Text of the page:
Screentec System Solves Lift Station Problems

Screening equipment designed for narrow, deep vaults increases efficiency for Arizona wastewater utility.
Screentec System Solves Lift Station Problems
Screenings leave the discharge shoot through a sleeve and collect in a 10-cubic-yard trash bin.

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An antiquated 2-inch manual bar screen allowed inorganics smaller than a bed sheet to enter the Bell Road Lift Station in Sun City West, Arizona. Material routinely clogged the four 250 hp horizontal slurry pumps from KSB.

At the headworks 5 miles away, the flow split over two 1/4-inch bar screens. Smaller material slipping through them clogged the in-basin mixers. “We fought this problem for years,” says Jesse Black, senior operator for owner/operator Epcor Water. “The station was built in 1979 and is one of the oldest in the area.”

Replacing the 30-foot-deep bar screen would be expensive. The prep work alone included cutting out the road around the existing unit, demolishing it, excavating and widening the 3-foot-3-inch-wide channel, and pouring concrete.

Then operations manager Douglas Griffith saw Aqualitec Corp. demonstrate its Screentec automated bar screen at the 2012 Arizona Water Association Conference. He measured the unit and realized it would slide unaltered into the lift station’s existing flow channel.

“Not having to chip concrete or dig dirt made the purchase much more cost-effective,” says Black. “Even when compared with competitive screening systems, this unit was a good option, and it solved our ragging problems.”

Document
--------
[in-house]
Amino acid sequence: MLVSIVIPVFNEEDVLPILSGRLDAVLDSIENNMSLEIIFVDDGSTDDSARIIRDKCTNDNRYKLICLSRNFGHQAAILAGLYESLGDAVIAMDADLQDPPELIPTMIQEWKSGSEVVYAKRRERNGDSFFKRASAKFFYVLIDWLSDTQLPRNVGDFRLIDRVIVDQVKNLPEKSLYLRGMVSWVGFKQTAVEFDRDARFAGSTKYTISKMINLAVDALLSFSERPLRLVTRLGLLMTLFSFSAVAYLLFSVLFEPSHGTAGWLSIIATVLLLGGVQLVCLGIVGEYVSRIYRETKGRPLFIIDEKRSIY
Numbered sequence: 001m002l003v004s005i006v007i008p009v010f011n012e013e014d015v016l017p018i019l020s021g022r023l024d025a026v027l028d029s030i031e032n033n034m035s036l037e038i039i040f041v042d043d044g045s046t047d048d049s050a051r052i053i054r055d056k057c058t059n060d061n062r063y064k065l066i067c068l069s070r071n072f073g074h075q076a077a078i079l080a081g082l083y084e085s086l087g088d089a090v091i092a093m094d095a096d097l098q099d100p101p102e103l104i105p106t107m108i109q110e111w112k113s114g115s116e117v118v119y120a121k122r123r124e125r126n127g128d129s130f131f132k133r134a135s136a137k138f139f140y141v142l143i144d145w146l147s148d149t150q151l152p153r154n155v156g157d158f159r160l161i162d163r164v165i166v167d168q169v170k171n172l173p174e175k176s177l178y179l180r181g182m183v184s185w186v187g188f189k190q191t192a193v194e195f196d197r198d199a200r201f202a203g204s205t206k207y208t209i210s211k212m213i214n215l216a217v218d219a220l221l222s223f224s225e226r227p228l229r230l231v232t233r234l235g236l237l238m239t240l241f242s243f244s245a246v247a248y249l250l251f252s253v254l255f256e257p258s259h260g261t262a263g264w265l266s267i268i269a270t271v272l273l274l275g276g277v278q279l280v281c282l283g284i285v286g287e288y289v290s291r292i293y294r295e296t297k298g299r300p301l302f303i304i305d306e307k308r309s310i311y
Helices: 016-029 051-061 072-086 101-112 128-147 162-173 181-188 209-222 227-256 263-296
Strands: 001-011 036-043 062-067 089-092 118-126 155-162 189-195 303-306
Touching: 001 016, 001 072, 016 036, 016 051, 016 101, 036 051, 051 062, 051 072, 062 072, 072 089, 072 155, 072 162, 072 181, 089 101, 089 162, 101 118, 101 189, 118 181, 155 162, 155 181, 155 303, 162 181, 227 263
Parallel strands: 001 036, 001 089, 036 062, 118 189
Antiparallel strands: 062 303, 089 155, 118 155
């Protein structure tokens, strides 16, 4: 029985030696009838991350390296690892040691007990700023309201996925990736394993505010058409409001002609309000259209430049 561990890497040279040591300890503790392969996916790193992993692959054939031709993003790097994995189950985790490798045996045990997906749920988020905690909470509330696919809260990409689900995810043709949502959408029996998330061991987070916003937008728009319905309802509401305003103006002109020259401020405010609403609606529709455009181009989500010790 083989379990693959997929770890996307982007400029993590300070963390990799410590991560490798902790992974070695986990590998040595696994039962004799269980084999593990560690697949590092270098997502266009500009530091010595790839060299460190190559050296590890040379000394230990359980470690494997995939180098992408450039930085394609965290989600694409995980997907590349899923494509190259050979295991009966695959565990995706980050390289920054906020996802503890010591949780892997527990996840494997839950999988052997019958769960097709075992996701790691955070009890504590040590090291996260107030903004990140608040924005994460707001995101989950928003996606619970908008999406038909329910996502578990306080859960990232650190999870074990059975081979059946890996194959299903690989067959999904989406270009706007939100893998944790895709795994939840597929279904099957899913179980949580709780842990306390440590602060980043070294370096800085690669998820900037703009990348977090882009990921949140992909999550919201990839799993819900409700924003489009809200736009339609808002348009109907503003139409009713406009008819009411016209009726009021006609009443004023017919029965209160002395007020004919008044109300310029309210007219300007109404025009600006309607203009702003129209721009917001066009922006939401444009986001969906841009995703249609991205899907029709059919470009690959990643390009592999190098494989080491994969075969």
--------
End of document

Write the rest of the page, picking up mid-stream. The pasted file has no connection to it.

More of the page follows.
Best efforts

The 5 mgd (design) lift station has a peak flow of 4 mgd. The pumps, derated to 235 hp for variable-frequency drive, clogged in no particular order. De-ragging them took two workers four or five hours.

Lacking a mechanical joint in nearby pipes to use as an access point, the crew needed a boom truck topside to lift the unbolted spool piece from the front of the pump to expose the impeller. To reduce frequent ragging, they trimmed the impeller vanes, enabling larger solids to slip past.

Their efforts reduced clogging to quarterly events. “However, they always seemed to happen around 2 in the morning when the pumps slowed down in response to decreased flows,” says Black.

To avoid ruining the boom truck driver’s sleep, workers used a blowtorch to cut a hatch in each pipe spool. That made access to the impellers as easy as pulling off the hatch, but sealing it was a different situation. “The men made their own gaskets, but they still leaked a little,” says Black. “In the end, they sealed the hatches using multiple tubes of silicone.”

Additional woes

The old bar screen needed cleaning once or twice a day. Operators would descend a ladder across from the screen, rake off the material, and carry it topside for disposal. In 2013, the metal grating directly above the flow gave way as a worker stepped off the ladder.

“His foot went straight through the flooring, but he wasn’t injured,” Black says. “We immediately banned all operators from entering the vault and hired a contractor with a Vactor truck to clean the screen. His weekly visits became extremely costly.”

Material from the lift station also affected the treatment plant. The headworks split the flow over two 1/4-inch bar screens. They caught much of the larger debris, but smaller matter still reached the in-basin mixers.